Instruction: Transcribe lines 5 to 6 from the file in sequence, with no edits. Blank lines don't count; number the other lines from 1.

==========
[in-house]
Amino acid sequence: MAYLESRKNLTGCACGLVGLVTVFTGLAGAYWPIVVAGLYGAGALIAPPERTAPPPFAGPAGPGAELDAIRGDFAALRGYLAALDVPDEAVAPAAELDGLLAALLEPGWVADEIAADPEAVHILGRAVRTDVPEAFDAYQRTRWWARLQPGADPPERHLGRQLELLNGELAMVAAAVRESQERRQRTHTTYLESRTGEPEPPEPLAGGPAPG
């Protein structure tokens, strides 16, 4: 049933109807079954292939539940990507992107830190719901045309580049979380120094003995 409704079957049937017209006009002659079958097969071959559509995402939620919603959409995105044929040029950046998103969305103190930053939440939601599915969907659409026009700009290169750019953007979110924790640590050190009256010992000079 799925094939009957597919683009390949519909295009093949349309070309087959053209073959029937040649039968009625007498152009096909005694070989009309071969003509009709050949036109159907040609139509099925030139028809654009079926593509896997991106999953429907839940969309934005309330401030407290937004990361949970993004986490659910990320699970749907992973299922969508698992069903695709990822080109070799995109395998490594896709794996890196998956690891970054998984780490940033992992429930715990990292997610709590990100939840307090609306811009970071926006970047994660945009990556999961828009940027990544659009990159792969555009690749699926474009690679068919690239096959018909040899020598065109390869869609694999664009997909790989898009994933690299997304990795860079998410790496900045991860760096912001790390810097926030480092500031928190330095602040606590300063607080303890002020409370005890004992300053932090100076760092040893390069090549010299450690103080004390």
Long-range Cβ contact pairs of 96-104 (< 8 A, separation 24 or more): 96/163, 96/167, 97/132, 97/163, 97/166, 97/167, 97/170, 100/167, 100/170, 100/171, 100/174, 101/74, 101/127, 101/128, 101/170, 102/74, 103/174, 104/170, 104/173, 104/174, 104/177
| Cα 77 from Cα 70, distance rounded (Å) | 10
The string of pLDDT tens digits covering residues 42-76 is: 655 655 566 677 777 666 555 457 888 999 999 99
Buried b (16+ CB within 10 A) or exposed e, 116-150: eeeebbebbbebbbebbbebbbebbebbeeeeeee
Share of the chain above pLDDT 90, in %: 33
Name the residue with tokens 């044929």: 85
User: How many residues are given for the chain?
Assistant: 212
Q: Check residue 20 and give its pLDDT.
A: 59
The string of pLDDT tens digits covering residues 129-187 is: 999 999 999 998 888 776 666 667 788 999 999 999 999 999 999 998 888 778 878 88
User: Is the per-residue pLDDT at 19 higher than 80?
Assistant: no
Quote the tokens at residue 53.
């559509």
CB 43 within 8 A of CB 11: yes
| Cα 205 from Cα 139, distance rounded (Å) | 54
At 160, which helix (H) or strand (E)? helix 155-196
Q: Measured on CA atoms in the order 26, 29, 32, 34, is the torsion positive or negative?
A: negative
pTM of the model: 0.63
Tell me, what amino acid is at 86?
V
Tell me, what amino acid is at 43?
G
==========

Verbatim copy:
| Cα 77 from Cα 70, distance rounded (Å) | 10
The string of pLDDT tens digits covering residues 42-76 is: 655 655 566 677 777 666 555 457 888 999 999 99